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PITTSFIELD — While the cancellation of this year's Berkshire Pride Festival means the absence of the bright-colored balloons and 500-plus attendees that a typical year brings, event organizers say pride itself remains alive and well.

"Pride is not a singular moment on a Saturday in June," said Kelan O'Brien, who chairs the festival held annually since 2017. "That's a time that we come together to affirm one another, but pride, equity and inclusion are really things that should be ingrained in our everyday lives every day of every month of every year. We are hopeful that, this year, that message rings clearer and is put into practice more diligently."

Berkshire Pride, an event committee operating under the Berkshire Stonewall Community Coalition, initially had postponed the June 20 festival to October because of COVID-19 safety concerns. Organizers weighed a virtual festival as well, but recognizing the inequities of access, they opted this month to cancel the event outright.

"We were also mindful of the fact that not everyone in the local LGBTQ+ and queer community has access to reliable internet, to high-speed broadband; not everyone has access to technology," O'Brien said. "We didn't want to do anything that was inaccessible to a group of people."

Boxxa Vine, a Monterey-based drag queen, regularly performs at the festival, and she would have been the entertainment coordinator for a festival this year. Now, Berkshire Pride is supporting Boxxa's Thursday drag shows at Dewey Hall in Sheffield, the last of which will be Sept. 24.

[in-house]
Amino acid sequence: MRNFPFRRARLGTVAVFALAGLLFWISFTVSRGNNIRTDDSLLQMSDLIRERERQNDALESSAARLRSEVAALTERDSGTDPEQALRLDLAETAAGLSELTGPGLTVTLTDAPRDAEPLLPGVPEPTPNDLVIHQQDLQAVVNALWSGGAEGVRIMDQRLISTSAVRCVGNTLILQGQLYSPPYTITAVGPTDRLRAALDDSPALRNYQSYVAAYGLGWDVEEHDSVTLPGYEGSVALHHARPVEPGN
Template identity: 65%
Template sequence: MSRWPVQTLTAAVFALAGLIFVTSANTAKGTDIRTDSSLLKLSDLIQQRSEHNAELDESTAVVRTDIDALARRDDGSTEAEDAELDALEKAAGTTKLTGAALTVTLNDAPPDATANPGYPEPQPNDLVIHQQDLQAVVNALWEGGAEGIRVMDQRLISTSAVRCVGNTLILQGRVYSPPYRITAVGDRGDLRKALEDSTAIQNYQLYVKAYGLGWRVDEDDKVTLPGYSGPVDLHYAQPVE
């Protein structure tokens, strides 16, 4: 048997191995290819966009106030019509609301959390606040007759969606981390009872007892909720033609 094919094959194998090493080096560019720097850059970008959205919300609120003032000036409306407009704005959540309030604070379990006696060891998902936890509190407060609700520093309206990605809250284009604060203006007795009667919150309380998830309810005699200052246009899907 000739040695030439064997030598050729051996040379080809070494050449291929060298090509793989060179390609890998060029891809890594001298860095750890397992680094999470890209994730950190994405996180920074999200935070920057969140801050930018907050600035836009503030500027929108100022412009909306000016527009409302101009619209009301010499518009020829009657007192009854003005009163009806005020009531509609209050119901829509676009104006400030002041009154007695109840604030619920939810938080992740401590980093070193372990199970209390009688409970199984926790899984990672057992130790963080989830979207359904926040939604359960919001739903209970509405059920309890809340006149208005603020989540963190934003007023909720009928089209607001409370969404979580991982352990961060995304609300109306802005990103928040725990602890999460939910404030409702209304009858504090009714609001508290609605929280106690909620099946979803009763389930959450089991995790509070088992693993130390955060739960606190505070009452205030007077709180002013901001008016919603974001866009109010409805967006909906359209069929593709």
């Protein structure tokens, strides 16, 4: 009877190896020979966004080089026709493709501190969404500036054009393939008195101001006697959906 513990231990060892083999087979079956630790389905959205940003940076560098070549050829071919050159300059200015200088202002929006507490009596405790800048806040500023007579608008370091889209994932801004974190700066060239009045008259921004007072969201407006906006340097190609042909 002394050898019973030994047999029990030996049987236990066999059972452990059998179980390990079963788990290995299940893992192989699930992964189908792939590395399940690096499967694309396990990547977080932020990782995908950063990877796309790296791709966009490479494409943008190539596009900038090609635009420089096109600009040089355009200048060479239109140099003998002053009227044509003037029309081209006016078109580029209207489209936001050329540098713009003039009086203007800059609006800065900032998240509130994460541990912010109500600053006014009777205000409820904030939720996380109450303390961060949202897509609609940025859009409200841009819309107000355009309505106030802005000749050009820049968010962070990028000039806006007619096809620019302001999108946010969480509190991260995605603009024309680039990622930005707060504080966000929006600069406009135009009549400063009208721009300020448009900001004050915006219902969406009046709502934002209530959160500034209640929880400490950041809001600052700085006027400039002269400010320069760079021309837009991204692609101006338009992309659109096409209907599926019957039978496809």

She also has designed and made pride masks, with themes including "cats," "field," "galaxy" and "rainbow." The masks sell for $10, and $5 from each sale goes to the Berkshire Stonewall Community Coalition and ROOTS Teen Center.

"That one we're finishing up pretty soon because we're almost out of the masks," Boxxa said.

Berkshire Pride still plans to give out its fourth Community Change Maker Award, and it is fielding nominations from the community for the first time. In advance of National Coming Out Day on Oct. 11, it also is collecting community members' coming-out stories to share on its social media.

In addition, the committee is continuing to work with its community partners on equity-related social issues. It participated in the Elizabeth Freeman Center's Walk a Virtual Mile, an event that raises money and awareness to combat rape, sexual assault and gender violence. And it is "100 percent, absolutely, standing in solidarity with the Berkshire branch of the NAACP in affirming that Black lives matter and Black trans lives matter," O'Brien said.

Black trans people continue to suffer from high rates of violence nationwide, O'Brien noted.

Locally, it more often are subtle "microaggressions" that can make LGBTQ people feel less accepted.

"Here in Berkshire County, we live in this progressive state; it's always Democratic. I think it's very easy to get lost in these sort of veiled progress points," O'Brien said.

"A lot of people think about that Supreme Court case [affirming the legality of same-sex marriage across the country] as: 'We are post-discriminatory, we are post-homophobia, we are post-transphobia, that we are beyond that.' And that's just not the case."

Even seemingly trivial adjustments, like listing one's preferred gender pronouns on a Zoom meeting, O'Brien said, can send a welcoming message.

"It shows that you are making an effort to be inclusive," O'Brien said. "It shows that people who use different pronouns, this is a space where they can be their true selves."

Danny Jin, a Report for America corps member, is The Eagle's Statehouse news reporter. He can be reached at, @djinreports on Twitter and 413-496-6221.


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